August 3, 2008, Copyright Glenn Kenny!
—Can The Dark Knight beat Titanic? And if The Dark Knight beats Titanic, what does that say about Titanic? Or The Dark Knight? Or the rate of inflation? Or the entropy of overseas marketing? Or day and date releasing, in theory and/or practice? Or, finally, and most crucially, wankle rotary engines?
If The Dark Knight is so great, incidentally, why is George W. Bush’s approval rating still hovering around 30%?
—I heard the news—only 30 weeks till Oscar. Are you excited? Moi, aussi. But sometimes I feel an Odd Man Out (and not in a James Mason way—thank heavens!), particularly when I’m not getting the lingo. That tres hot Hot Button man David “Yes you did, you invaded” Poland put up a post over the weekend entitled “Oscarbama or the McAdemy Awards” (oh, you kid!) and I have to admit this particular sentence just stopped me dead:
“On the other hand, certain people who are not on the east side of a certain street that borders Times Square would probably love to get into that battle and put The Old Man in his place in a direct head-to-head battle.”
Can somebody get me a U.N. interpreter—for OSCAR?
Well, maybe—as I’m sure Screamin’ Chuck Stephens would insist—it works better in context. Let’s back up to Poland’s previous sentence:
“And for that matter, Rudin is probably appalled with the idea of an appeal for The Reader being made by invoking two lost Oscar-winning filmmakers... especially Pollack, for whom Rudin went well out of his way to keep the keep the press at bay as Pollack dealt with his illness and efforts at recovery.”
Nope. Still nothing. Other than that some people in Manhattan would like to get into a battle, and thereupon do head-to-head…battle. Who’s “The Old Man,” anyway? Scott Rudin just turned 50, which I understand is the new 35 or so. Heck, it better be—I’ll be that age in about a year myself! And how old is friend David, anyway?
But back to Obamoscar McMania (ha!),later in the column, Poland poses the question, “Can a light film, like Rachel Getting Married, shock people and emerge amongst a palette of very dark-minded films?” I’m loathe to employ vulgarity here, but my first thought was “Fuck if I know.” Anybody got any ideas?
—Speaking of Oscar, and of The Dark Knight, Eric P. Lucas writes in the Los Angeles Times that the late Heath Ledger shouldn’t get one for his Joker performance in Dark Knight, because if he does, millions of kids will emulate him by getting conflicting prescriptions from multiple doctors and then accidentally mixing them in a lethal combination. For myself, I only hope that the United States’ health care system will have advanced enough by the time all these kids reach Ledger’s age that each and every one of them can afford to do this. Lucas also asks: “How many young men pick up a guitar to emulate [Jimi Hendrix], and wind up under a bridge with a bottle of Colt 45 picking out a wobbly solo on a tinny set of strings?” He’s spot-on, as my Brit friends say. You should never aspire to anything, ever, lest you wind up under a bridge in Seattle where Eric P. Lucas can tsk at you. But if you do wind up under that bridge, would you consider Silver Thunder Malt Liquor rather than Colt 45? It really is the, um, shizzle.
—Did you know that Tom O’Neil wrote the first “real” books about the Oscars, the Emmys and the Golden Globes, and that they were published by Viking and Penguin Putnam? And that he is a tireless researcher who has written “for the L.A. Times, New York Times, Washington Post, Variety, TV Guide, USA Today, E! Online, Billboard and scores of other top publications” and that he is “the person most often quoted by the Associated Press and Reuters when award articles are written” and that he “launched the first website all about all of the awards” and that that website “involved the contributions of 45 of America’s top journalists writing for free just because they wanted to be part of it” and that for 20 years he has “appeared frequently on TV as an authority about all showbiz awards” and that he “can’t think of a TV show or network that covers Oscars, Emmys, Grammys and Tonys that I haven’t appeared on — and often” and that, aside from that, “over the last 30 days” he’s “appeared as an awards authority on Entertainment Tonight, CNN, MSNBC, Fox News and CBS’ The Early Show” and that “speaking of Oscars, Emmys, Grammys and Tonys, he possesses what he believes is “largest private collection of historic showbiz awards anywhere on Earth,” amassed through decades of “careful collecting” and including “Golden Globes won by Ben-Hur (best film) and Dynasty (best TV show), two of Katharine Hepburn’s Oscar nominations (Suddenly, Last Summer, The Rainmaker) and some of her academy membership cards, the Tony Award for best play (Who’s Afraid of Virginia Woolf?), the Writers Guild of America Award won by High Noon, etc. — plus lots more, all on view at the Hollywood Museum in the Max Factor Building at 1660 N. Highland Ave., just south of Hollywood Boulevard.”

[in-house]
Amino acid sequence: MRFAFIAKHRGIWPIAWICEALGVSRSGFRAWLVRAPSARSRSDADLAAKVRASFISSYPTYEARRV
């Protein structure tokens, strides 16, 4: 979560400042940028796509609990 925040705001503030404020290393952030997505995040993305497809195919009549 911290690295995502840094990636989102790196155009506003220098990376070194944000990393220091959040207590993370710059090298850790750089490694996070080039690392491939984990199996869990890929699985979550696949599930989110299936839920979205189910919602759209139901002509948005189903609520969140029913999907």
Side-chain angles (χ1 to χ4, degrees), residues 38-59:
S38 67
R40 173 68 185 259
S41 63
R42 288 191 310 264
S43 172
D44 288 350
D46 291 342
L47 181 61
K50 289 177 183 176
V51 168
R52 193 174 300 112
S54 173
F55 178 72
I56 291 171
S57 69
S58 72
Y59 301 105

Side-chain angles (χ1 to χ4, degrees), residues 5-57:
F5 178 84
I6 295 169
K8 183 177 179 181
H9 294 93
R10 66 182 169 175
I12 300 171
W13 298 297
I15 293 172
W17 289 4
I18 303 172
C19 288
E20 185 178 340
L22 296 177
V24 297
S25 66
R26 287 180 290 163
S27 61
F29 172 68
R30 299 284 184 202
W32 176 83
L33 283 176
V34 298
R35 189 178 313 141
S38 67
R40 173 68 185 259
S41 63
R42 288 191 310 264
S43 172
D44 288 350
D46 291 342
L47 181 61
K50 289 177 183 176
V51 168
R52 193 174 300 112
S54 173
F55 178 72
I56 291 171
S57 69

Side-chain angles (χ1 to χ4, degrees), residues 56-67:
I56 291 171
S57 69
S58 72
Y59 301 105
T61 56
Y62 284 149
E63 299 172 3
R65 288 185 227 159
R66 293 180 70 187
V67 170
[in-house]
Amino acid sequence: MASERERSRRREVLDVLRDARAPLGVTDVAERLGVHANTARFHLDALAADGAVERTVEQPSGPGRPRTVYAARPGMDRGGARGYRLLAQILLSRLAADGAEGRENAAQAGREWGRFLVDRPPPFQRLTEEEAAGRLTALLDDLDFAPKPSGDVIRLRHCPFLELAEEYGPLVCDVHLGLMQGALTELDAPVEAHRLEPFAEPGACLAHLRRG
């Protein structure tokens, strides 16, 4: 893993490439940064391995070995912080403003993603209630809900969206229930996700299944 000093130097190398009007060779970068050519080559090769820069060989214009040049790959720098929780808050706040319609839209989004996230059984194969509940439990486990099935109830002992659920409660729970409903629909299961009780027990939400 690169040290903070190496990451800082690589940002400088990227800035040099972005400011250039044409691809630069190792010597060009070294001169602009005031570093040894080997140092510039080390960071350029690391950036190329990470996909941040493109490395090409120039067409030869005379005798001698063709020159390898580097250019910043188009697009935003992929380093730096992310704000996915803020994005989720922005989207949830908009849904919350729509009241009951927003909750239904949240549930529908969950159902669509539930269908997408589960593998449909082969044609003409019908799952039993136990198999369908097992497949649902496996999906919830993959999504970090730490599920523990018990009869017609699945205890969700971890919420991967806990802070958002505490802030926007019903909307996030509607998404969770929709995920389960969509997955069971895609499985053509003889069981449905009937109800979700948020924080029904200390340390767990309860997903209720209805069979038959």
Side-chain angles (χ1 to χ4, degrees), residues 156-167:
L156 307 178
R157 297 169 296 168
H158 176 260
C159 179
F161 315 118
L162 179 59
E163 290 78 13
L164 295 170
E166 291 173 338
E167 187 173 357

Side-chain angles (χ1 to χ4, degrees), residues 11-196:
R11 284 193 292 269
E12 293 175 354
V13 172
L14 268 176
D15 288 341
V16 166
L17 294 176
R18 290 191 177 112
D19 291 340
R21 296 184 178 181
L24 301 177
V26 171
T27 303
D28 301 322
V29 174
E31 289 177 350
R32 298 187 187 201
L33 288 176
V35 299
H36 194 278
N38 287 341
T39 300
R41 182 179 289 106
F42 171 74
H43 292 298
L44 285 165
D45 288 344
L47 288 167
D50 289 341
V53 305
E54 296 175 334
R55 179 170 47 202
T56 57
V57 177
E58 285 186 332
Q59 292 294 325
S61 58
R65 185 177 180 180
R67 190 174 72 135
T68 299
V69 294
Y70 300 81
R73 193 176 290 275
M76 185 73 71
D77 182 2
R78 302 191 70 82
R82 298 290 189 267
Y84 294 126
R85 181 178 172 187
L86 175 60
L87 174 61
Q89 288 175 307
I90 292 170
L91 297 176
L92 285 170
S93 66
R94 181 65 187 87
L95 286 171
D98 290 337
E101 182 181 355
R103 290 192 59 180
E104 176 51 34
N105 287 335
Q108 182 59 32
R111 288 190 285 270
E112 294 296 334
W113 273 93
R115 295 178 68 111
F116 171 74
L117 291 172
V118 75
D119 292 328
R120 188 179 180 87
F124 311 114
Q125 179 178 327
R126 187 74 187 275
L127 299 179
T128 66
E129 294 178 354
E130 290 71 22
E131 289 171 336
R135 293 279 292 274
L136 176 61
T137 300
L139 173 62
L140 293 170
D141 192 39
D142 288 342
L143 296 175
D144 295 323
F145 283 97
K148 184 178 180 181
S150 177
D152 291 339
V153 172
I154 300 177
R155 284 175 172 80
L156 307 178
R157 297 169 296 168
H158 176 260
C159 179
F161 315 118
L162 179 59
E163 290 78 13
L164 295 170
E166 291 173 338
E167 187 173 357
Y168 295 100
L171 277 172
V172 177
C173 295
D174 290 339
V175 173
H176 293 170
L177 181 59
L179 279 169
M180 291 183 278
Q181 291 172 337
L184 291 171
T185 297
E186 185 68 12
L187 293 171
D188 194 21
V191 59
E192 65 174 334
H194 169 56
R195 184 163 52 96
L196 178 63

You didn’t know that? Well, if you didn’t, he would be happy to tell you all about it. He won’t even add “What the fuck have you done lately?” like James McAvoy at the end of Wanted. Well, actually, he will, only without the “fuck.”
But we’ve asked you before, Tom, and we’ll ask you again—have you written a hit play?
—Oh wait, I get it! 42 West, the PR firm! Whose offices are on West 42nd Street, which either borders or actually constitutes the heart of Times Square. I guess if Poland is going with “borders,” he’s gotta be right. Still, who’s “The Old Man?”